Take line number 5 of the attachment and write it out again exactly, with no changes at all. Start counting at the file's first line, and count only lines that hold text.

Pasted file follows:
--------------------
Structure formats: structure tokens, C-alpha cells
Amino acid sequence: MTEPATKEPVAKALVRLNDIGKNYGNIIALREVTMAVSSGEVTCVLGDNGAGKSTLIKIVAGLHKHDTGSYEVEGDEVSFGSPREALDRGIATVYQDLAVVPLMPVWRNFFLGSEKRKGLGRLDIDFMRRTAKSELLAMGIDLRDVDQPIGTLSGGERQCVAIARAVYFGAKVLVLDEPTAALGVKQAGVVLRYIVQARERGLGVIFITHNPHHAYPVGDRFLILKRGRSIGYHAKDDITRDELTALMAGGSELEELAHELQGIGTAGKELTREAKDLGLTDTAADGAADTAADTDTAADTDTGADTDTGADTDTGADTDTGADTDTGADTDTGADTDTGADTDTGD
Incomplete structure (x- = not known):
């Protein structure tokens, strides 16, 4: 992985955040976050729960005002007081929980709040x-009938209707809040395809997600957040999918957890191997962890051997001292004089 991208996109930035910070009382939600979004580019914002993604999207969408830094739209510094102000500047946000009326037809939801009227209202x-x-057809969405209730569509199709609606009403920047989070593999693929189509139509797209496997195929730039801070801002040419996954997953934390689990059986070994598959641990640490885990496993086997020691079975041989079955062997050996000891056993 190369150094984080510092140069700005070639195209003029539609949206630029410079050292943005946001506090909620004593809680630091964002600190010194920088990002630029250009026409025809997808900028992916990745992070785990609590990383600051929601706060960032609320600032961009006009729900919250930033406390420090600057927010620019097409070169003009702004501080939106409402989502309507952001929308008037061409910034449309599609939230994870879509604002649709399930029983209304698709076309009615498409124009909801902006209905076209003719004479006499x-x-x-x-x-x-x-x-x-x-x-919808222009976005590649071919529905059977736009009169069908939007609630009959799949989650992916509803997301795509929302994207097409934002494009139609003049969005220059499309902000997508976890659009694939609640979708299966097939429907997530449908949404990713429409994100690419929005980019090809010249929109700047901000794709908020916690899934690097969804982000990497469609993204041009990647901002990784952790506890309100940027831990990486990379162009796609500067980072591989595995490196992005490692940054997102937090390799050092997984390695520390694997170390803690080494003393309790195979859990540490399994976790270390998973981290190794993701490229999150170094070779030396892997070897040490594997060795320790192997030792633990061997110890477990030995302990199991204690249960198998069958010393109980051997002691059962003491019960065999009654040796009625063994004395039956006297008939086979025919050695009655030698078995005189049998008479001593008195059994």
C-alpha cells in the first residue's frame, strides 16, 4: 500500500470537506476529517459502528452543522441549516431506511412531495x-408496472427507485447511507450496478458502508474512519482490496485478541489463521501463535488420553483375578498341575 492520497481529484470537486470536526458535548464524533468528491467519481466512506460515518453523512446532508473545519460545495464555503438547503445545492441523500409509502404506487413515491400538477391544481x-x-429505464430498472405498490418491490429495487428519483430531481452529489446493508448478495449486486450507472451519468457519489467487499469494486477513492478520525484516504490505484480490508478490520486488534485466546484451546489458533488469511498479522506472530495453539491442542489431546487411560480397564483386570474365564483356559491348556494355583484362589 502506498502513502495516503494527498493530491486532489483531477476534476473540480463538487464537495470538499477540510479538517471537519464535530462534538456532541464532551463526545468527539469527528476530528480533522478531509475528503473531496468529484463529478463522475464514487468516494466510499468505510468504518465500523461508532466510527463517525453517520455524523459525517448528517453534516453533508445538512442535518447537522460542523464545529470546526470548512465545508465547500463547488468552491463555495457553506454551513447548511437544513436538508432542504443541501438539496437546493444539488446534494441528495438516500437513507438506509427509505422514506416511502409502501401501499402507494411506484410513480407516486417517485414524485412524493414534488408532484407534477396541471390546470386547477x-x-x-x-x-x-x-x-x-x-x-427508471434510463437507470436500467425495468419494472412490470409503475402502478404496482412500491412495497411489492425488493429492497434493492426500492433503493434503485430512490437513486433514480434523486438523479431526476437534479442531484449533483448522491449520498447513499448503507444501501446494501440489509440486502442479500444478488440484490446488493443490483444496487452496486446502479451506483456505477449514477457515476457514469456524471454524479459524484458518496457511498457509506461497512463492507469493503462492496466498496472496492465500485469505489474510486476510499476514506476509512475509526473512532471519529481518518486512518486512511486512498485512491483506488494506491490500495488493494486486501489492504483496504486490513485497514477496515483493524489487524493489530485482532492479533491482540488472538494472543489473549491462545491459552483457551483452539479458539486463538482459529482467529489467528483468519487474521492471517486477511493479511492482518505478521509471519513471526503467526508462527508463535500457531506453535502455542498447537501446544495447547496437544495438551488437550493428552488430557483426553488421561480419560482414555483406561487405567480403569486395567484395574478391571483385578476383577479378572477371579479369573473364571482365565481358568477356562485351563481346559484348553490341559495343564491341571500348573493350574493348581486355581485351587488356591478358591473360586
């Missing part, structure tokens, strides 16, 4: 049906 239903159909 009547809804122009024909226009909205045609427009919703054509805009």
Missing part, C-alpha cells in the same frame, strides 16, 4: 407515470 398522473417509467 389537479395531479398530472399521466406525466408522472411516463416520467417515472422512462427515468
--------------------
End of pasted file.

C-alpha cells in the first residue's frame, strides 16, 4: 500500500470537506476529517459502528452543522441549516431506511412531495x-408496472427507485447511507450496478458502508474512519482490496485478541489463521501463535488420553483375578498341575 492520497481529484470537486470536526458535548464524533468528491467519481466512506460515518453523512446532508473545519460545495464555503438547503445545492441523500409509502404506487413515491400538477391544481x-x-429505464430498472405498490418491490429495487428519483430531481452529489446493508448478495449486486450507472451519468457519489467487499469494486477513492478520525484516504490505484480490508478490520486488534485466546484451546489458533488469511498479522506472530495453539491442542489431546487411560480397564483386570474365564483356559491348556494355583484362589 502506498502513502495516503494527498493530491486532489483531477476534476473540480463538487464537495470538499477540510479538517471537519464535530462534538456532541464532551463526545468527539469527528476530528480533522478531509475528503473531496468529484463529478463522475464514487468516494466510499468505510468504518465500523461508532466510527463517525453517520455524523459525517448528517453534516453533508445538512442535518447537522460542523464545529470546526470548512465545508465547500463547488468552491463555495457553506454551513447548511437544513436538508432542504443541501438539496437546493444539488446534494441528495438516500437513507438506509427509505422514506416511502409502501401501499402507494411506484410513480407516486417517485414524485412524493414534488408532484407534477396541471390546470386547477x-x-x-x-x-x-x-x-x-x-x-427508471434510463437507470436500467425495468419494472412490470409503475402502478404496482412500491412495497411489492425488493429492497434493492426500492433503493434503485430512490437513486433514480434523486438523479431526476437534479442531484449533483448522491449520498447513499448503507444501501446494501440489509440486502442479500444478488440484490446488493443490483444496487452496486446502479451506483456505477449514477457515476457514469456524471454524479459524484458518496457511498457509506461497512463492507469493503462492496466498496472496492465500485469505489474510486476510499476514506476509512475509526473512532471519529481518518486512518486512511486512498485512491483506488494506491490500495488493494486486501489492504483496504486490513485497514477496515483493524489487524493489530485482532492479533491482540488472538494472543489473549491462545491459552483457551483452539479458539486463538482459529482467529489467528483468519487474521492471517486477511493479511492482518505478521509471519513471526503467526508462527508463535500457531506453535502455542498447537501446544495447547496437544495438551488437550493428552488430557483426553488421561480419560482414555483406561487405567480403569486395567484395574478391571483385578476383577479378572477371579479369573473364571482365565481358568477356562485351563481346559484348553490341559495343564491341571500348573493350574493348581486355581485351587488356591478358591473360586